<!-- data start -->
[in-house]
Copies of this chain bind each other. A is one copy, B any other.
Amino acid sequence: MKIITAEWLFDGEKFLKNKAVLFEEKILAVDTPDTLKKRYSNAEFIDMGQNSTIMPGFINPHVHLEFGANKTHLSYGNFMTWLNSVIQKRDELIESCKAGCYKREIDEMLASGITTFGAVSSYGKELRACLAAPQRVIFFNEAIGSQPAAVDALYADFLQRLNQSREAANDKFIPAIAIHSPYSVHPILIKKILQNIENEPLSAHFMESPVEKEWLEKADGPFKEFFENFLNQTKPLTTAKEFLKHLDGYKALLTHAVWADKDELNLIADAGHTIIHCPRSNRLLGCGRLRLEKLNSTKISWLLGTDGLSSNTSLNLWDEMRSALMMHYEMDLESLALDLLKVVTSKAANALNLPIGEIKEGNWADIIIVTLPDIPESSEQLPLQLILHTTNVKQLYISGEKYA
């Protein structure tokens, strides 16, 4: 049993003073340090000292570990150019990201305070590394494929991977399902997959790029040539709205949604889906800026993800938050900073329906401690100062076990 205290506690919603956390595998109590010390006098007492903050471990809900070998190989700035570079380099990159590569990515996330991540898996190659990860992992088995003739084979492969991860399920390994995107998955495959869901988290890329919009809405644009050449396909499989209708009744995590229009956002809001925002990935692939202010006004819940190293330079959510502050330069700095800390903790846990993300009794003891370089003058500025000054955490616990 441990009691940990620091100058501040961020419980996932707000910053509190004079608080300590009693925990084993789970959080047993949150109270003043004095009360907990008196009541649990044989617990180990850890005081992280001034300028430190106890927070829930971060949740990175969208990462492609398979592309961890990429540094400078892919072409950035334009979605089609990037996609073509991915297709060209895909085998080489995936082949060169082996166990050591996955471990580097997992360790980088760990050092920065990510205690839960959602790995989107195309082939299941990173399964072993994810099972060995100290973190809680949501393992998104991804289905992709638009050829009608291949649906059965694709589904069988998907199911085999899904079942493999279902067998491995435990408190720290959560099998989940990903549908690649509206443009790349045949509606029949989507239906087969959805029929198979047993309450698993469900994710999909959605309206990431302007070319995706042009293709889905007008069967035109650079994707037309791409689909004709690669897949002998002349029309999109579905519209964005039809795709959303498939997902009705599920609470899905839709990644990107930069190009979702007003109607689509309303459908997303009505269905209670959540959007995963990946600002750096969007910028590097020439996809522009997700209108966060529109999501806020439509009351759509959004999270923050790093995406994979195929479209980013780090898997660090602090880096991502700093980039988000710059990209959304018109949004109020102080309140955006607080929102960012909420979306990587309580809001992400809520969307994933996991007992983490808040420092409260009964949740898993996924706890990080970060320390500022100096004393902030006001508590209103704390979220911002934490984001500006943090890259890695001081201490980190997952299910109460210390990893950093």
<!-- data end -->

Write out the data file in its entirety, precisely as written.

[in-house]
Copies of this chain bind each other. A is one copy, B any other.
Amino acid sequence: MKIITAEWLFDGEKFLKNKAVLFEEKILAVDTPDTLKKRYSNAEFIDMGQNSTIMPGFINPHVHLEFGANKTHLSYGNFMTWLNSVIQKRDELIESCKAGCYKREIDEMLASGITTFGAVSSYGKELRACLAAPQRVIFFNEAIGSQPAAVDALYADFLQRLNQSREAANDKFIPAIAIHSPYSVHPILIKKILQNIENEPLSAHFMESPVEKEWLEKADGPFKEFFENFLNQTKPLTTAKEFLKHLDGYKALLTHAVWADKDELNLIADAGHTIIHCPRSNRLLGCGRLRLEKLNSTKISWLLGTDGLSSNTSLNLWDEMRSALMMHYEMDLESLALDLLKVVTSKAANALNLPIGEIKEGNWADIIIVTLPDIPESSEQLPLQLILHTTNVKQLYISGEKYA
């Protein structure tokens, strides 16, 4: 049993003073340090000292570990150019990201305070590394494929991977399902997959790029040539709205949604889906800026993800938050900073329906401690100062076990 205290506690919603956390595998109590010390006098007492903050471990809900070998190989700035570079380099990159590569990515996330991540898996190659990860992992088995003739084979492969991860399920390994995107998955495959869901988290890329919009809405644009050449396909499989209708009744995590229009956002809001925002990935692939202010006004819940190293330079959510502050330069700095800390903790846990993300009794003891370089003058500025000054955490616990 441990009691940990620091100058501040961020419980996932707000910053509190004079608080300590009693925990084993789970959080047993949150109270003043004095009360907990008196009541649990044989617990180990850890005081992280001034300028430190106890927070829930971060949740990175969208990462492609398979592309961890990429540094400078892919072409950035334009979605089609990037996609073509991915297709060209895909085998080489995936082949060169082996166990050591996955471990580097997992360790980088760990050092920065990510205690839960959602790995989107195309082939299941990173399964072993994810099972060995100290973190809680949501393992998104991804289905992709638009050829009608291949649906059965694709589904069988998907199911085999899904079942493999279902067998491995435990408190720290959560099998989940990903549908690649509206443009790349045949509606029949989507239906087969959805029929198979047993309450698993469900994710999909959605309206990431302007070319995706042009293709889905007008069967035109650079994707037309791409689909004709690669897949002998002349029309999109579905519209964005039809795709959303498939997902009705599920609470899905839709990644990107930069190009979702007003109607689509309303459908997303009505269905209670959540959007995963990946600002750096969007910028590097020439996809522009997700209108966060529109999501806020439509009351759509959004999270923050790093995406994979195929479209980013780090898997660090602090880096991502700093980039988000710059990209959304018109949004109020102080309140955006607080929102960012909420979306990587309580809001992400809520969307994933996991007992983490808040420092409260009964949740898993996924706890990080970060320390500022100096004393902030006001508590209103704390979220911002934490984001500006943090890259890695001081201490980190997952299910109460210390990893950093």